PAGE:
I just read an interesting article about “social intelligence” on Tim Elmore’s blog, “Growing Leaders.” Here is a link to the article:
Social intelligence is defined as “the capacity to effectively negotiate complex social relationships and environments.” The term was first coined by noted American psychologist, Edward Thorndike, in 1920. Essentially, it is the ability to develop healthy relationships.
The article cites Daniel Goldman’s book “Social Intelligence.” Goldman states that social intelligence includes: empathy, attunement, social cognition, concern, self-presentation and influence.
Elmore claims that younger adults are too self-absorbed and do not acknowledge authority so they come across as arrogant and lacking a work ethic. He attributes this to lenient parenting and over reliance on technology at the expense of social interactions. Elmore states that younger adults would do well to acquire social intelligence at work because it will help them make better first impressions and improve working relationships.
One thing that spoke to me in this article is the idea that younger adults who use social intelligence to their advantage will differentiate themselves in the work place. To me, social intelligence indicates intellectual and emotional maturity. I feel comfortable in many situations, but sometimes in hindsight, I wish that I had communicated more effectively.
In my internship, I plan to observe the interactions of my co-workers to learn who appears to be more socially savvy. Then I will adapt some of their social skills to match my style. Hopefully, just being attuned to these subtleties will improve my relationships (generally and in the workplace)!
In the last month, I’ve been busy preparing for International Education Week which occurs during the week of November 16th across all four campus locations. This is also the last week before Thanksgiving break, so as you can I imagine, this has been a very hectic time filled with exams and major projects.
I’ve completed a myriad of duties, including soliciting local businesses for donations for prizes that can be used during International Education Week; finalizing the International Jeopardy Power Point presentation; contacting student groups to encourage participation in the Jeopardy game; and figuring out the logistics connected to the game, since I will be hosting the event.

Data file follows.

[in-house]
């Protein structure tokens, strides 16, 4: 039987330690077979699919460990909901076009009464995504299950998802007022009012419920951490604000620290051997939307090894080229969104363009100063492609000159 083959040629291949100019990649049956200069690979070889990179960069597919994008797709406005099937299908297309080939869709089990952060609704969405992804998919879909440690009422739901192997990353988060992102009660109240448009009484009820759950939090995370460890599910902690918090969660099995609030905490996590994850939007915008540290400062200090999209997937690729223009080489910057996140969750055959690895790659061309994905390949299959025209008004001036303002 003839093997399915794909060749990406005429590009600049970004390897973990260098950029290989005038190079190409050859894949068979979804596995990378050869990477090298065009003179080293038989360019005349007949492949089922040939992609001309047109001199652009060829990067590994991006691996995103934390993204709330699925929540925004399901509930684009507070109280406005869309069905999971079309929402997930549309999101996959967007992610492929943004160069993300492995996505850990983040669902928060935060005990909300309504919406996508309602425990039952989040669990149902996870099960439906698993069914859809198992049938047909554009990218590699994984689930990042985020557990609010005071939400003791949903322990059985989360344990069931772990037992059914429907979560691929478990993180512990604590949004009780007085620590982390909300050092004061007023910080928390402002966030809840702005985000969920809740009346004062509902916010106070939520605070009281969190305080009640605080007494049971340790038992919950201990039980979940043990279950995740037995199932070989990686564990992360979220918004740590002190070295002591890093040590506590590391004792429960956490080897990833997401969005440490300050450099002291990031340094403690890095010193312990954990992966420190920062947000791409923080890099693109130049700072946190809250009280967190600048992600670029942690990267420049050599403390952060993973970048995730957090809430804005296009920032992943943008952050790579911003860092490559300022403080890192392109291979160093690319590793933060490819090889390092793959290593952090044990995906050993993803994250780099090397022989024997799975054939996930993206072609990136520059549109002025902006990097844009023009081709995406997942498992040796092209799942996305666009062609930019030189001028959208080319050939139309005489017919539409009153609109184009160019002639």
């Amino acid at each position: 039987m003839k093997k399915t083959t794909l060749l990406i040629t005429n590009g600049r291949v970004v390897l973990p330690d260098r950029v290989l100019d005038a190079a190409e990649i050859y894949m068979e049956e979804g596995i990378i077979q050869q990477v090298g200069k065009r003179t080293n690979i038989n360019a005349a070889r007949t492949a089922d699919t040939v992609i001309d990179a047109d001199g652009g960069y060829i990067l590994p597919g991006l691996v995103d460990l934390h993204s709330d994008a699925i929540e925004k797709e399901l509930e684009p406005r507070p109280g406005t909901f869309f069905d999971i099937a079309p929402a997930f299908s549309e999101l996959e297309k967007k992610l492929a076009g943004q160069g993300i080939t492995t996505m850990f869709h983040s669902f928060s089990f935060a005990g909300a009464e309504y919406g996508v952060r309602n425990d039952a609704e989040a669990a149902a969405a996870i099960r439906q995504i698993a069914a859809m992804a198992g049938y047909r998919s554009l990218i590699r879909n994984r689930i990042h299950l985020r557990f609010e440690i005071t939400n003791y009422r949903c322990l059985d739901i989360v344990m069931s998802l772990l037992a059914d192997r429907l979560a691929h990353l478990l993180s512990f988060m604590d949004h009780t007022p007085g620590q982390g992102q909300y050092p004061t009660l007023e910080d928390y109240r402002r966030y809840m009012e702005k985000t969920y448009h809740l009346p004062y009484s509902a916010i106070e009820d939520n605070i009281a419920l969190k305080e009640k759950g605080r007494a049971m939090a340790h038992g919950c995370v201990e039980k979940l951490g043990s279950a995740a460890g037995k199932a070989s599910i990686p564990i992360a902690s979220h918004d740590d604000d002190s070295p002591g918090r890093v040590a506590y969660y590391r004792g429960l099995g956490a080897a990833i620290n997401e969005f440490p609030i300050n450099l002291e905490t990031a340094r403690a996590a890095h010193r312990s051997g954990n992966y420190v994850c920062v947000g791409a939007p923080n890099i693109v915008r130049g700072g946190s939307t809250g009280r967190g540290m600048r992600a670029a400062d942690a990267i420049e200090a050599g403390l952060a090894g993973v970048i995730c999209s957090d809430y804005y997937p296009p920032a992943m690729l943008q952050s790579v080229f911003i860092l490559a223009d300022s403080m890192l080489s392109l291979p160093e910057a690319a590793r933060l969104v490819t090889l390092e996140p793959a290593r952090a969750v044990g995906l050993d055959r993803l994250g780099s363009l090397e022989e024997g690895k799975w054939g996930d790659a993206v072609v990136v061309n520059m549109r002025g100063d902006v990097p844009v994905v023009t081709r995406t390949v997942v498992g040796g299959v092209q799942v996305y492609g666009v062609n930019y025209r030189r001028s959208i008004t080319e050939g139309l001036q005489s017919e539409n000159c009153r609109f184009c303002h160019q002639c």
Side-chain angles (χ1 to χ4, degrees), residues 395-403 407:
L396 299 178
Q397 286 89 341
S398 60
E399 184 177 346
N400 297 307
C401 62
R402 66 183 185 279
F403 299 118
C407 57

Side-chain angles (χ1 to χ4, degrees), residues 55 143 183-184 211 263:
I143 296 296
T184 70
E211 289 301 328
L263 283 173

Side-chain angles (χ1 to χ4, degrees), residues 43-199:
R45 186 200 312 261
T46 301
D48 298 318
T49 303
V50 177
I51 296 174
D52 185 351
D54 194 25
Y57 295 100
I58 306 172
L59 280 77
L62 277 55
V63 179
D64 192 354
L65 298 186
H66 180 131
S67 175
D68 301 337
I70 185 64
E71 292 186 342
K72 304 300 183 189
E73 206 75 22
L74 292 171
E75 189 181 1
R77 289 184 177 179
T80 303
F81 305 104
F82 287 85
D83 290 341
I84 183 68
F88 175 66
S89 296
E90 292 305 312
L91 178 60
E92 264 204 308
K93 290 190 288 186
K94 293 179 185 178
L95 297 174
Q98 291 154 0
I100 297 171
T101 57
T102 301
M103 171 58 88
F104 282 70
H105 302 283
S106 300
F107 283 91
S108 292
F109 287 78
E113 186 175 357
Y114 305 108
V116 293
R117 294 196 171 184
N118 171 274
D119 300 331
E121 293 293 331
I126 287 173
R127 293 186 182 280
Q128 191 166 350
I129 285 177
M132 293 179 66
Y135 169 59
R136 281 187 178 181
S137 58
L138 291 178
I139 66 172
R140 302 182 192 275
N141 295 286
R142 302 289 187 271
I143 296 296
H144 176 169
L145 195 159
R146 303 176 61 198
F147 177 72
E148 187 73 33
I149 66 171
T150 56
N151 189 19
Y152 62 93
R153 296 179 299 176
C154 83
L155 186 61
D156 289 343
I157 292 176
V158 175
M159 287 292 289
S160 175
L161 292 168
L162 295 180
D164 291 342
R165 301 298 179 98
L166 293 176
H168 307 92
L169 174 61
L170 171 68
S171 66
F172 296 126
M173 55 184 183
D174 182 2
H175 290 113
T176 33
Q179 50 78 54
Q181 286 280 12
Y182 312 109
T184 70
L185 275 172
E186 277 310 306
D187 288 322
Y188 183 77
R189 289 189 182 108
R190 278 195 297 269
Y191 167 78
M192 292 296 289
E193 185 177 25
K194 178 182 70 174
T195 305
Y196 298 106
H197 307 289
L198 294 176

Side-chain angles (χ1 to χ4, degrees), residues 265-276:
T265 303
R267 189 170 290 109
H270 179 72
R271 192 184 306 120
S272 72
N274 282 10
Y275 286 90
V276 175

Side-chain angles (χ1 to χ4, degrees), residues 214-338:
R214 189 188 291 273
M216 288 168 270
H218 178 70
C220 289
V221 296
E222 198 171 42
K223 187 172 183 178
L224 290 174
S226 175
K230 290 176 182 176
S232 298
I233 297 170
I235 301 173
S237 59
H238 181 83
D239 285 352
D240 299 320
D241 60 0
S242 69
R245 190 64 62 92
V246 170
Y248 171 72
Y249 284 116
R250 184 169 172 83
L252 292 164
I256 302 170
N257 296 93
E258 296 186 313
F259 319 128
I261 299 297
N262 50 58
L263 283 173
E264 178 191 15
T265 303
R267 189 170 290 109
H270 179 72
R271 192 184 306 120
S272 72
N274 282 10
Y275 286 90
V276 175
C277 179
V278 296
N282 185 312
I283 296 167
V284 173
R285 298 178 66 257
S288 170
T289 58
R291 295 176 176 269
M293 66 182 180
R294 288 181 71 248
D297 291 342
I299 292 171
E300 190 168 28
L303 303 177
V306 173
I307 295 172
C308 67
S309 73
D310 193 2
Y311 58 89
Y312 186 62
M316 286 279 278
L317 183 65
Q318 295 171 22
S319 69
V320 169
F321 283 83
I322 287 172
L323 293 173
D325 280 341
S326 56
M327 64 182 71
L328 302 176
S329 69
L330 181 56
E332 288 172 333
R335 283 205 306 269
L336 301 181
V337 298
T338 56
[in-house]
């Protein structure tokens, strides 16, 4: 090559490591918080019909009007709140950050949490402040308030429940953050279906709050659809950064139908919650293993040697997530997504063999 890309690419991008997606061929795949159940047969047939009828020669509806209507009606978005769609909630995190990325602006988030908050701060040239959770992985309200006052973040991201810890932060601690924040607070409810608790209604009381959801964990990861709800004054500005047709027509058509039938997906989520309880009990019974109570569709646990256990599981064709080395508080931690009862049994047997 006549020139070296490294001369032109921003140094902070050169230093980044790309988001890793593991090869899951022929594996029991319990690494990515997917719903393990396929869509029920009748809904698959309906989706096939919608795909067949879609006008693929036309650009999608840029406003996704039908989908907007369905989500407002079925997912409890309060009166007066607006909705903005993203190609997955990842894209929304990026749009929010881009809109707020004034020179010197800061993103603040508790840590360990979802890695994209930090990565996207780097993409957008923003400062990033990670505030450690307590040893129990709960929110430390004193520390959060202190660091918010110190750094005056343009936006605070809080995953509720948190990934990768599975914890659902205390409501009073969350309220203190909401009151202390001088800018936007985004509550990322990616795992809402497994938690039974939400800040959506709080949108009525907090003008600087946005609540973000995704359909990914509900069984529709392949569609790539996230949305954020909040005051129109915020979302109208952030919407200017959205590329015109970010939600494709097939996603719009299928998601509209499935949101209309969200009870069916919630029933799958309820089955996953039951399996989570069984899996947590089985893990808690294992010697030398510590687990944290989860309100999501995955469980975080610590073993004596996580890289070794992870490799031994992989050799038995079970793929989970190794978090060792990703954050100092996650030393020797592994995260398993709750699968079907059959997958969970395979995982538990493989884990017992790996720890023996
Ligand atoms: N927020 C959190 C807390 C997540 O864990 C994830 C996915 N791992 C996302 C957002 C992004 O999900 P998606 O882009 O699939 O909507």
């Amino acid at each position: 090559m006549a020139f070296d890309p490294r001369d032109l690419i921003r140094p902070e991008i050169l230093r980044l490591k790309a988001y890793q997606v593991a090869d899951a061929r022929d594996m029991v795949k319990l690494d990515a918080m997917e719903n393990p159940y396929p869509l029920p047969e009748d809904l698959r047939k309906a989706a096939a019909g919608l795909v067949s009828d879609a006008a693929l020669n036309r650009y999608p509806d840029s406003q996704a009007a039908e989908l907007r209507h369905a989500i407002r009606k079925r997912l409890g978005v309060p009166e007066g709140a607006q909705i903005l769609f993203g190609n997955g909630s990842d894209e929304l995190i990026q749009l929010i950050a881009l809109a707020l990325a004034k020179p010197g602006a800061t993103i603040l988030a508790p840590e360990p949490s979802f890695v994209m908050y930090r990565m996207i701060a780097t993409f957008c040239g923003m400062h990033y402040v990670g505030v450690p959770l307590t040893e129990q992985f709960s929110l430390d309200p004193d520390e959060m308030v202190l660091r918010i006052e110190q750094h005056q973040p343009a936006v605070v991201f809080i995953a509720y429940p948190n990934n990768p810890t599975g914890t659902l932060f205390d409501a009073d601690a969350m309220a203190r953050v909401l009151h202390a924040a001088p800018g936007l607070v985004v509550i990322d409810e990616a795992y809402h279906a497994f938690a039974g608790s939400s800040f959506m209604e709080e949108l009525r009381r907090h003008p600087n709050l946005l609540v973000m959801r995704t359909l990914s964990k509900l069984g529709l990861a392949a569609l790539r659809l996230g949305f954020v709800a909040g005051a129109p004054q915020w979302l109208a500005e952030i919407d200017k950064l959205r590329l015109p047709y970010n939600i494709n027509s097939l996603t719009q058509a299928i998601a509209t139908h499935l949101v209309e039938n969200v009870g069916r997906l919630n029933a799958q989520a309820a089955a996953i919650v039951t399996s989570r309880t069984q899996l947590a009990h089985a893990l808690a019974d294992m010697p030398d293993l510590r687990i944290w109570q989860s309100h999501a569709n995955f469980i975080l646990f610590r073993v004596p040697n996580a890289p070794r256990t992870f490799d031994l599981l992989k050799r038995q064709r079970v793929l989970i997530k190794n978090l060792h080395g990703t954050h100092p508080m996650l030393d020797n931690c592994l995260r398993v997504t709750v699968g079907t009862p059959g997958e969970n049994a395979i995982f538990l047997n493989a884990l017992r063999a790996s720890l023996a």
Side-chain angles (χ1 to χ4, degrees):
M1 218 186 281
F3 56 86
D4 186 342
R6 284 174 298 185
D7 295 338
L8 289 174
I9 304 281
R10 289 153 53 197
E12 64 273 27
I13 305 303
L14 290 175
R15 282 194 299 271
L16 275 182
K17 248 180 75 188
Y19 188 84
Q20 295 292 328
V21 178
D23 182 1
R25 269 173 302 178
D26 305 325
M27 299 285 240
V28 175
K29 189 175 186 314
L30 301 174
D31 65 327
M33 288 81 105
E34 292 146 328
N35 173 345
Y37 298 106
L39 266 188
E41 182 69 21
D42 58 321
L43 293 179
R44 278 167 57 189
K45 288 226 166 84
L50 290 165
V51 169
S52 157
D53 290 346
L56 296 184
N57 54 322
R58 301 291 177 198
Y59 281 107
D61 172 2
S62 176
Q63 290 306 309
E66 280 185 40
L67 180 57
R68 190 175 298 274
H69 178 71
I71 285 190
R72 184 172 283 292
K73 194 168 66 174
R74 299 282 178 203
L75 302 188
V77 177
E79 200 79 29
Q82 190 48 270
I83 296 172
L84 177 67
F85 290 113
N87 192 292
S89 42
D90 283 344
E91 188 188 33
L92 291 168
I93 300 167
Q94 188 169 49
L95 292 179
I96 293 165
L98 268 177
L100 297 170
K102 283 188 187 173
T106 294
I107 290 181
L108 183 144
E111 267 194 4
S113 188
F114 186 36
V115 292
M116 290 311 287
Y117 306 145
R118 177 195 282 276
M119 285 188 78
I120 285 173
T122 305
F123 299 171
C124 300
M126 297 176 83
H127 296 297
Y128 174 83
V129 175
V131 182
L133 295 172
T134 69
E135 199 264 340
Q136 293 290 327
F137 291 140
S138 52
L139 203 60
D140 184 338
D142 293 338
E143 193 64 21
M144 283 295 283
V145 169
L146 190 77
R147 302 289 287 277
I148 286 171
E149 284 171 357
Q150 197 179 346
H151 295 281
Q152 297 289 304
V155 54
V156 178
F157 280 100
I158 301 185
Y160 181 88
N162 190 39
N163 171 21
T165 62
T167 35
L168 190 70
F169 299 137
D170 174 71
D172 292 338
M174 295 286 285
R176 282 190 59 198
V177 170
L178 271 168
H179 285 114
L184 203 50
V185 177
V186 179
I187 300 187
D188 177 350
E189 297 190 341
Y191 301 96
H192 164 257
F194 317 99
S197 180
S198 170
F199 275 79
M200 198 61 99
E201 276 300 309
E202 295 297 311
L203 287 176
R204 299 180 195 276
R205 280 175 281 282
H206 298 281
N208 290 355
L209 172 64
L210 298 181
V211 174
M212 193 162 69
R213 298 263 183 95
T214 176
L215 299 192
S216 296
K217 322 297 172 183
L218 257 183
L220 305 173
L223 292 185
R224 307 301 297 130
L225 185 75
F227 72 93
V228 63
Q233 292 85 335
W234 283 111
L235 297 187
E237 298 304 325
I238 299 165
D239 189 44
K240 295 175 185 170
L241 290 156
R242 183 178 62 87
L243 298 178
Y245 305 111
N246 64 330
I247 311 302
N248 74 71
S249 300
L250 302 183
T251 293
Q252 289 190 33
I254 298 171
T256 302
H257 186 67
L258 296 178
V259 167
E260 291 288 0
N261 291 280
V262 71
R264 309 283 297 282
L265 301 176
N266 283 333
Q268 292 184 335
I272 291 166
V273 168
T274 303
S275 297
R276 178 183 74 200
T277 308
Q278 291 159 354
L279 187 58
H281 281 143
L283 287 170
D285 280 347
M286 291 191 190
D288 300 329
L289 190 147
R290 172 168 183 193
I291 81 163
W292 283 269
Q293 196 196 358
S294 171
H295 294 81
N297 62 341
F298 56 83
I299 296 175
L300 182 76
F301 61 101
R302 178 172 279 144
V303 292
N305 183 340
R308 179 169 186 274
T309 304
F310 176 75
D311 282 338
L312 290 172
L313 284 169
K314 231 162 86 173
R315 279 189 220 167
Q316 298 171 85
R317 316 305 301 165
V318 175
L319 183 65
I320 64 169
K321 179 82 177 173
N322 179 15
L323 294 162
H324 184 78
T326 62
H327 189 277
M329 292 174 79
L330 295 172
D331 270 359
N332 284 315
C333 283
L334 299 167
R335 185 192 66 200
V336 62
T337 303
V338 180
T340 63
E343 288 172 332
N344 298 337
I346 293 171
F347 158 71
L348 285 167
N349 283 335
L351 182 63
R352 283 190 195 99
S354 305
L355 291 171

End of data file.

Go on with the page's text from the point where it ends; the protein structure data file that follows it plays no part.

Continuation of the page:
I want to give a big “thank you” to my teacher of “Introduction to Business and Technology.” She taught us skills that have helped me in this internship. For instance, skills involved in business conception, planning, and promotion—how to take an idea, such as the International Jeopardy Game and get it off the ground. Also, all students had the opportunity to become Microsoft-certified as part of the course, and the technology skills I learned were very beneficial in the preparation of the International Jeopardy presentation. Lastly, business etiquette tips that were included in the course were helpful in negotiating office politics. Overall, I’m looking forward to a great turnout for all International Week events!
My internship site has been a “partner in my education” in several ways. I frequently work in the reception area, so I have become familiar with the types of clients handled by the Center and their needs. This has led me to a broader understanding of the Center’s global service offerings, as I learn to respond to common client questions.
In addition, the staff at my site have been very willing to give me overviews of their functional areas, and this helps me see how all the areas work together to meet the global engagement needs of the university and its students.
I have been active in International Education Week event planning and execution. Plus, I am managing all aspects of the International Jeopardy Game, which is a key event for this week. The intention for this game is that it both educates and entertains. The presentation is very sophisticated with audio and video files, so I had to develop advanced Power Point skills to produce the project. This presentation is a capstone-level project!
I’ve met many of my goals through these accomplishments and I want to get an even greater in-depth appreciation of the study abroad, internship and scholarship offerings available to students. I’ve helped out the Director of the Center by re-organizing his filing systems, and this has given me exposure to program proposals and institutional agreements. This has been a good introduction to the issues that must be covered in such proposals and agreements.
Overall, the internship is proceeding according to my expectations. I’m still learning and enjoying the opportunities to meet international students and other students who are looking for ways to engage globally!